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New Data on Spravato vs Leading Antidepressant

Spravato Belleuve Seattle Clinic

The Janssen Pharmaceutical Companies of Johnson & Johnson recently unveiled pivotal findings on SPRAVATO® (esketamine nasal spray) from the ESCAPE-TRD study at the 31st European Congress of Psychiatry.

The ESCAPE-TRD study was an international phase 3b clinical trial conducted across 24 countries, designed to assess the effectiveness, safety, and tolerability of esketamine NS versus quetiapine XR, both used alongside ongoing SSRI or SNRI treatments for individuals with TRD. The study involved 676 adults, with 336 receiving esketamine NS and 340 given quetiapine XR, all for up to 32 weeks. The study was structured into a preliminary 14-day screening, an 8-week acute treatment phase, a 24-week maintenance phase, and a concluding 2-week safety follow-up after the last treatment dose.

Here's a breakdown of these groundbreaking insights:

1. About TRD and MDD:  Major Depressive Disorder (MDD) affects nearly 40 million individuals in the EU. An alarming one-third of these patients do not find relief from standard treatments and fall under the category of Treatment-Resistant Major Depressive Disorder (TRD).

2. Study Highlights: The ESCAPE-TRD study pitted esketamine nasal spray against quetiapine extended-release (XR), with both combined with either an SSRI or SNRI. The study involved 676 adults suffering from TRD:
   - Esketamine users experienced notably higher remission rates from the 6th week and response rates from the 15th day throughout the 32-week study compared to those on quetiapine XR.
   - By Week 32, 55% of esketamine users achieved remission, contrasting with 37% in the quetiapine XR group.
   - Response rates at Week 8 were 55.4% for esketamine vs. 39.1% for quetiapine XR, which increased to 75.5% and 55.5%, respectively, by Week 32.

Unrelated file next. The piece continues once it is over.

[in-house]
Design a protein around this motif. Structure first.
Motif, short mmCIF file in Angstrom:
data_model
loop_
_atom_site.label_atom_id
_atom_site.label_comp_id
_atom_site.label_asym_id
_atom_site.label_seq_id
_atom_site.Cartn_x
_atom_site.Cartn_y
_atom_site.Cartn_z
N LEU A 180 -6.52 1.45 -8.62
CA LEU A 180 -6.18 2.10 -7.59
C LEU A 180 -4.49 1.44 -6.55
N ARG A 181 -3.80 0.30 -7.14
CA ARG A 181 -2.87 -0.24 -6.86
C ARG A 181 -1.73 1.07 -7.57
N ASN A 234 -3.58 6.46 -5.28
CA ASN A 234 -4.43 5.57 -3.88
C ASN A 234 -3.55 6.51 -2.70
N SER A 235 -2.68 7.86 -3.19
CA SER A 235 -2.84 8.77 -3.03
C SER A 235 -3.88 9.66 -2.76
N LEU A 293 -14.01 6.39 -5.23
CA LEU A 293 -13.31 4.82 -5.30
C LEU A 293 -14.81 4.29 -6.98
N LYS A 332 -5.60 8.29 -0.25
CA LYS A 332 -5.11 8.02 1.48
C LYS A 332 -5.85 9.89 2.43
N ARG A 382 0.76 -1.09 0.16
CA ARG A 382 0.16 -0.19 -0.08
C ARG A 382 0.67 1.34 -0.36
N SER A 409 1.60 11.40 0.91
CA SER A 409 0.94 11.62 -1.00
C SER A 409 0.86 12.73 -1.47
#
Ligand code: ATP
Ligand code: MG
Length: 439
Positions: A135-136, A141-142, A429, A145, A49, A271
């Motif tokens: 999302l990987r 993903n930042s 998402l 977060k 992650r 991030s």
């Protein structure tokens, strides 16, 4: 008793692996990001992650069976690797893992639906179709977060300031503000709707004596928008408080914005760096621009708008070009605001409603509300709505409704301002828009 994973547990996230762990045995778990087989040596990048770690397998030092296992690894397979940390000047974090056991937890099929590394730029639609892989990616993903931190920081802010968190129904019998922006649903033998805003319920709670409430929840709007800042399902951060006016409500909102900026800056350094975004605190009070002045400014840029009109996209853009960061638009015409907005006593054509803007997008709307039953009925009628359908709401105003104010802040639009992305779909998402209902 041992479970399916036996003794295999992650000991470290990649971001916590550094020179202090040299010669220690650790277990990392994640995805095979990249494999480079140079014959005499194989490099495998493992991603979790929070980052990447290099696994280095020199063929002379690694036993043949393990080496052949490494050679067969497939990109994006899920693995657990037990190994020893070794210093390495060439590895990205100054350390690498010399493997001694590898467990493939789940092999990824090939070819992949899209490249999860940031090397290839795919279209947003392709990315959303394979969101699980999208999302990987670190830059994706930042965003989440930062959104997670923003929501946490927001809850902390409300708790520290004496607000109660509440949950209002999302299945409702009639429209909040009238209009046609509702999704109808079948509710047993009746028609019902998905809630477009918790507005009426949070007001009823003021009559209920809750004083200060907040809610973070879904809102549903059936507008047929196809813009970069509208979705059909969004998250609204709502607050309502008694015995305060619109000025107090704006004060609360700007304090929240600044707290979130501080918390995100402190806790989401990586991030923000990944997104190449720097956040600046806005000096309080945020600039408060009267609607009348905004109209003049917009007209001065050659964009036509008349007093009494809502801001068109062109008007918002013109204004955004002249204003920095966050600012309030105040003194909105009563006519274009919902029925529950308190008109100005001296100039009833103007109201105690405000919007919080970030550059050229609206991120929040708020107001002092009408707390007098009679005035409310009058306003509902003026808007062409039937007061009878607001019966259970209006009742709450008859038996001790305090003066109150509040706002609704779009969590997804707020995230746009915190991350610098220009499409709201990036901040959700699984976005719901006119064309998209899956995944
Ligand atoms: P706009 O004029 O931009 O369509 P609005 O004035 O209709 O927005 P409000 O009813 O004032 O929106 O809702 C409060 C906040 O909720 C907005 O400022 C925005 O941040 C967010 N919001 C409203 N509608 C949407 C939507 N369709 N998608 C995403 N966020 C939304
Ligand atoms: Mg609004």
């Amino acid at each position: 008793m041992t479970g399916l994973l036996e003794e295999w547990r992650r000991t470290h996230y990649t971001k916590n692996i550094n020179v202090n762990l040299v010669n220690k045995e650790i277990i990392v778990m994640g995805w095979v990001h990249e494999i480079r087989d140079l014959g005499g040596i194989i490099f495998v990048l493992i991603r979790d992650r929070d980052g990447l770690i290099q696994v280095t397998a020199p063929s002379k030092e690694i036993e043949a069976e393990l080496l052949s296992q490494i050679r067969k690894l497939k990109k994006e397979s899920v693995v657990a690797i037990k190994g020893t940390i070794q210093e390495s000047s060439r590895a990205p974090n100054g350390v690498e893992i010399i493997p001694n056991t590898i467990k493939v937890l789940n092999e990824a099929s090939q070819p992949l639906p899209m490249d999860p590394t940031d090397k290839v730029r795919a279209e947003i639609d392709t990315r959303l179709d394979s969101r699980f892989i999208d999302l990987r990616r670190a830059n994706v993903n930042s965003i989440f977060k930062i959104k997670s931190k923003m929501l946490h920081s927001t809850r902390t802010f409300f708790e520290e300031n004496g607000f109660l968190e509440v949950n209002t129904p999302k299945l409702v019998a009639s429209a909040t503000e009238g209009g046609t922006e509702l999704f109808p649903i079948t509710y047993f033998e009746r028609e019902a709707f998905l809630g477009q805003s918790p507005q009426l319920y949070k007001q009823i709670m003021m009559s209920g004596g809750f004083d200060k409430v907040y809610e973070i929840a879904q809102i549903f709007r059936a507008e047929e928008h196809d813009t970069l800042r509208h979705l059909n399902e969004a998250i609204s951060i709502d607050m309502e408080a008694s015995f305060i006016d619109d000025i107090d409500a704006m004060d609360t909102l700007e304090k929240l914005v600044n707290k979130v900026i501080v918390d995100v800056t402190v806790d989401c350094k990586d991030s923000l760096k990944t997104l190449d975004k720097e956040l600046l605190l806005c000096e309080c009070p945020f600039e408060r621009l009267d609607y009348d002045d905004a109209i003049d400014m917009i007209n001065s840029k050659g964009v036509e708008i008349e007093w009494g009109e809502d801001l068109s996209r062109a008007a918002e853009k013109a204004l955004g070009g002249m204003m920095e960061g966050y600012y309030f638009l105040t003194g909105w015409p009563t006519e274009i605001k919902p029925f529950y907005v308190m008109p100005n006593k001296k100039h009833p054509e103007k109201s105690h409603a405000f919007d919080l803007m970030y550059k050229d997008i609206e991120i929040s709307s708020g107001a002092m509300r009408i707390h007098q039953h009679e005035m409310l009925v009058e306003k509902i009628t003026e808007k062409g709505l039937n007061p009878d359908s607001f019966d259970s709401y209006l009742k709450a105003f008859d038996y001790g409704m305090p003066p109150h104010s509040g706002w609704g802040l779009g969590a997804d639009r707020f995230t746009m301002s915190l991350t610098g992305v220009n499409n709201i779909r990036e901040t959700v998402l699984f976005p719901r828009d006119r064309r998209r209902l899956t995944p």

- Esketamine also led to a significant reduction in depressive symptoms as gauged by the MADRS from Day 8.

3. Expert Commentary: Professor Andreas Reif, the lead investigator, highlighted the clinical significance of esketamine's benefits over time, offering hope to those grappling with TRD. Dr. Tamara Werner-Kiechle from Janssen echoed this sentiment, emphasizing the potential of esketamine nasal spray in transforming the treatment landscape for TRD.

4. Safety Concerns: The study also revealed a lower treatment discontinuation rate due to adverse events for esketamine (4.2%) than quetiapine XR (11%). Dizziness, dissociation, and vomiting were some reasons for esketamine discontinuation, while sedation, weight increase, and somnolence were cited for quetiapine XR.

In essence, the ESCAPE-TRD study shines a promising light on esketamine nasal spray as a formidable treatment for those wrestling with the challenges of TRD, marking a significant stride in mental health therapeutics.

To learn more about Spravato you can visit our other blog post here or here and  our service page here

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